New Jazz Adds – 7/8/2015

New Jazz Adds – 7/8/2015

Antonio Adolfo – Tema (Self-produced): Adolfo is a Brazilian pianist / composer / arranger / producer / educator who began his professional recording career in the 1964. Though he has frequently recorded and promoted classic Brazilian music written by the biggest names. This disc still focuses on Brazilian compositions, but this time they are his in a retrospective of some of his personal favorites. He wrote or co-wrote all of these and now has rearranged or partially rewritten based upon his deeper or more mature musical insights. In addition to his piano, Adolfo is supported by Marcelo Martins (flute, soprano sax), Leo Amuedo (electric guitar), Claudio Spiewak (acoustic guitar), Jorge Helder (bass), Rafael Barata (drums, percussion) and Armando Marcal (percussion). Click here for a sample from this disc.

Corbin Andrick – Olmstead’s Whistle (Self-produced): Alto sax player and session leader Corbin Andrick offers ten of his original compositions with musical support from Marquis Hill (trumpet), Daniel Bruce (guitar), Brad MacDonald (keys), Katie Ernst (bass), Andrew Green (drums, percussion) and Juan Pastor (cajon, congas). Paul Mutzabaugh adds organ on one track. The group plays tight, yet flowing music with the comfort to respect the space as well as the notes. Nicely played throughout. I understand that this band has broken up and that Andrick and MacDonald are working on forming a new group. Andrick certainly has the skills!  Click here for a live version of a song on this disc.

Columbia College Jazz Ensemble – Columbia College Jazz Ensemble (Columbia College Chicago): The Ensemble features five saxes, four trombones, four trumpets and piano, guitar, bass and two drummers and a second group, the five piece Columbia College Jazz Combo, whose members are drawn from the ensemble. Songs on this disc include compositions by Cedar Walton, Clifford Brown, Freddie Hubbard, Bobby Timmons, Ray Bryant, Fats Waller, Warne Marsh, Edgar Sampson, and an original composition by director Scott Hall.

George Freeman & Chico Freeman – All In The Family (Southport): This family reunion began with the musical reunion of guitarist George Freeman and his legendary sax-playing nephew Chico (tenor & soprano), but expanded to other Chicago players with whom they had played in the past, including Kirk Brown (keys), Harrison Bankhead (bass), Hamid Drake and Joe Jenkins (drums, percussion), Reto Weber (bang), Mike Allemana (guitar) and Joanie Pallatto (voice) thus acknowledging the musical family of Chicago.  This disc features a mix of brief improvised interludes between a dozen compositions mostly written by one the Freemans. The music is a mix of exotic interludes and standard style jazz in a swinging and mellow mood.  Click here for a preview of this disc.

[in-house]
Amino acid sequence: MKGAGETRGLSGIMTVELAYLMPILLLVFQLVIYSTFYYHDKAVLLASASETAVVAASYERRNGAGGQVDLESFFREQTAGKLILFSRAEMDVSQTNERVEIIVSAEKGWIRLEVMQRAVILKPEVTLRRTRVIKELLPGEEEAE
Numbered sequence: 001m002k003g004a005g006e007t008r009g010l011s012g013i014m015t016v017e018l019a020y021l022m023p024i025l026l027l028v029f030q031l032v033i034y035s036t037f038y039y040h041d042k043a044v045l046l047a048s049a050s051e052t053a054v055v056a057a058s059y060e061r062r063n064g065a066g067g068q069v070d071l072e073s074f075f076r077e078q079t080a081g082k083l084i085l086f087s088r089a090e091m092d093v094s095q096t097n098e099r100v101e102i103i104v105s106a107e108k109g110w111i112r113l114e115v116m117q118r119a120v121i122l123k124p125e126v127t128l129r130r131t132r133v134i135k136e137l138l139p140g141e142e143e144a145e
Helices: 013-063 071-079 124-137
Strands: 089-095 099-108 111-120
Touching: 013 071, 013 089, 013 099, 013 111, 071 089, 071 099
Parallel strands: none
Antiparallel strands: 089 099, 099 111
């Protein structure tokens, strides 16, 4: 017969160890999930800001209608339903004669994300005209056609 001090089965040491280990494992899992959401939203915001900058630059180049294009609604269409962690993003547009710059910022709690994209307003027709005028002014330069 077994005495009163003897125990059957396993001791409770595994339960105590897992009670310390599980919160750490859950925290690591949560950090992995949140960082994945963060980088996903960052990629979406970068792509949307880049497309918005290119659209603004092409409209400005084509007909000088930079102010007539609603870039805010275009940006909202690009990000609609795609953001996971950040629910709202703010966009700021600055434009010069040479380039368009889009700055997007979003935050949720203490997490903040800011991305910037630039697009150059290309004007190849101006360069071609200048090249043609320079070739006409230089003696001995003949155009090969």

Hell’s Kitchen Funk Orchestra – Mercy, Mercy, Mercy (Blujazz): Bill Warfield has pulled together a new big band composed of musicians he has worked with over the long haul to create big band performances of a wide array of pop and jazz styles and eras.  The result is The Hell’s Kitchen Funk Orchestra featuring a revolving grouping of Bill Warfield, John Eckert, and Amanda Cortessa (trumpets); Jens Christian Jensen, Andrew Gold, and Mark Phaneuf (alto sax); Glenn Cashman and Tyrone Fredericks (tenor sax); Libor Smoldas and Paul Livant (guitar); Jakub Zomer and Jill McCarron (keys); Steve Count and Mark wade (bass); and Scott Neumann and Eric Halvorson (drums).  The songs varied from “Mercy, Mercy, Mercy” (Zawinul-Watson-Williams) to “Fiesta a la King” (Tito Puente) to “Jitterbug Waltz” (Fats Waller) to “Freedom Jazz dance” (Eddie Harris), to Randy Brecker’s “Some Skunk Funk” to “Cry Me A River” and the Ohio Players’ “Fire”. Click here for a sample from the disc.

Ben Monder – Hydra (Sunnyside Communications): Guitarist Ben Monder has been described as a “very evolved kind of musician” (Pat Metheny) who “uses his…gifts” (prodigious finger picking skills and unusual voicings) “to create detailed sonic landscapes of mystery and power.” (Allen Morrison, Downbeat Magazine). The beginning of this disc reminded me of a cross between Chick Corea just before the formation of Return To Forever and the more electronic early releases on ECM (a bit like the outer space soundtrack in the final scenes of “2001: A Space Odyssey”.  Monder plays guitar and some bass and is joined by John Patitucci and Skuli Sverrisson on bass, Ted Poor on drums, and Theo Bleckmann, Gian Slater and Martha Cluver on vocals. All of the latter provide lyric-less vocal atmosphere exceptt on the final song (“Charlotte’s Song”) which includes the text by E.B. White in song. The disc is beautiful and unusual.  Click here to hear the opening track on this disc.